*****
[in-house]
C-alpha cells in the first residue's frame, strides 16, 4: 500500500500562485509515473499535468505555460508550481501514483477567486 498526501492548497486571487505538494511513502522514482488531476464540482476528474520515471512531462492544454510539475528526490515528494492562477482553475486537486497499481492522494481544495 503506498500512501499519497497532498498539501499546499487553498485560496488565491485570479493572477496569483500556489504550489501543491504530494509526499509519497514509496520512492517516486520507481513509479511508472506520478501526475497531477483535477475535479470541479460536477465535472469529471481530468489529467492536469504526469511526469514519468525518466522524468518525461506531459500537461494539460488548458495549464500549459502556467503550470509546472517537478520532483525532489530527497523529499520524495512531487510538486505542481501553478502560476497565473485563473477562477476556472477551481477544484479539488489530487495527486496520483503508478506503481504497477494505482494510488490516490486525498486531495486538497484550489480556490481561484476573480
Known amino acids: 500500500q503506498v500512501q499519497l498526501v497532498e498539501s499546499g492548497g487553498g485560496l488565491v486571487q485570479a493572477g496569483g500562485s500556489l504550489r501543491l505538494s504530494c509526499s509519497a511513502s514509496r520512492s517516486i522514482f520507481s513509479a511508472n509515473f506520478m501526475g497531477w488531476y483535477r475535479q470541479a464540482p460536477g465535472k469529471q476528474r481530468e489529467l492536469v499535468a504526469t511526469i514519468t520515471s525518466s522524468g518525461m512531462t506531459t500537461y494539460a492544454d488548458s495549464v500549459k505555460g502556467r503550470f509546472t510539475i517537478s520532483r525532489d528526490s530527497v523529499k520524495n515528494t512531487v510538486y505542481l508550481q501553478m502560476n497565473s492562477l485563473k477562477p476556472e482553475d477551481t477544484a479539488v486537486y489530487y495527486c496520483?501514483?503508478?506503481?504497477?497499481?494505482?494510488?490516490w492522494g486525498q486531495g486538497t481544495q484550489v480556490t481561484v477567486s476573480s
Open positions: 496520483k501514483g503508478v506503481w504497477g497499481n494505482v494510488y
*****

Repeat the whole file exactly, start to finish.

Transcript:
[in-house]
C-alpha cells in the first residue's frame, strides 16, 4: 500500500500562485509515473499535468505555460508550481501514483477567486 498526501492548497486571487505538494511513502522514482488531476464540482476528474520515471512531462492544454510539475528526490515528494492562477482553475486537486497499481492522494481544495 503506498500512501499519497497532498498539501499546499487553498485560496488565491485570479493572477496569483500556489504550489501543491504530494509526499509519497514509496520512492517516486520507481513509479511508472506520478501526475497531477483535477475535479470541479460536477465535472469529471481530468489529467492536469504526469511526469514519468525518466522524468518525461506531459500537461494539460488548458495549464500549459502556467503550470509546472517537478520532483525532489530527497523529499520524495512531487510538486505542481501553478502560476497565473485563473477562477476556472477551481477544484479539488489530487495527486496520483503508478506503481504497477494505482494510488490516490486525498486531495486538497484550489480556490481561484476573480
Known amino acids: 500500500q503506498v500512501q499519497l498526501v497532498e498539501s499546499g492548497g487553498g485560496l488565491v486571487q485570479a493572477g496569483g500562485s500556489l504550489r501543491l505538494s504530494c509526499s509519497a511513502s514509496r520512492s517516486i522514482f520507481s513509479a511508472n509515473f506520478m501526475g497531477w488531476y483535477r475535479q470541479a464540482p460536477g465535472k469529471q476528474r481530468e489529467l492536469v499535468a504526469t511526469i514519468t520515471s525518466s522524468g518525461m512531462t506531459t500537461y494539460a492544454d488548458s495549464v500549459k505555460g502556467r503550470f509546472t510539475i517537478s520532483r525532489d528526490s530527497v523529499k520524495n515528494t512531487v510538486y505542481l508550481q501553478m502560476n497565473s492562477l485563473k477562477p476556472e482553475d477551481t477544484a479539488v486537486y489530487y495527486c496520483?501514483?503508478?506503481?504497477?497499481?494505482?494510488?490516490w492522494g486525498q486531495g486538497t481544495q484550489v480556490t481561484v477567486s476573480s
Open positions: 496520483k501514483g503508478v506503481w504497477g497499481n494505482v494510488y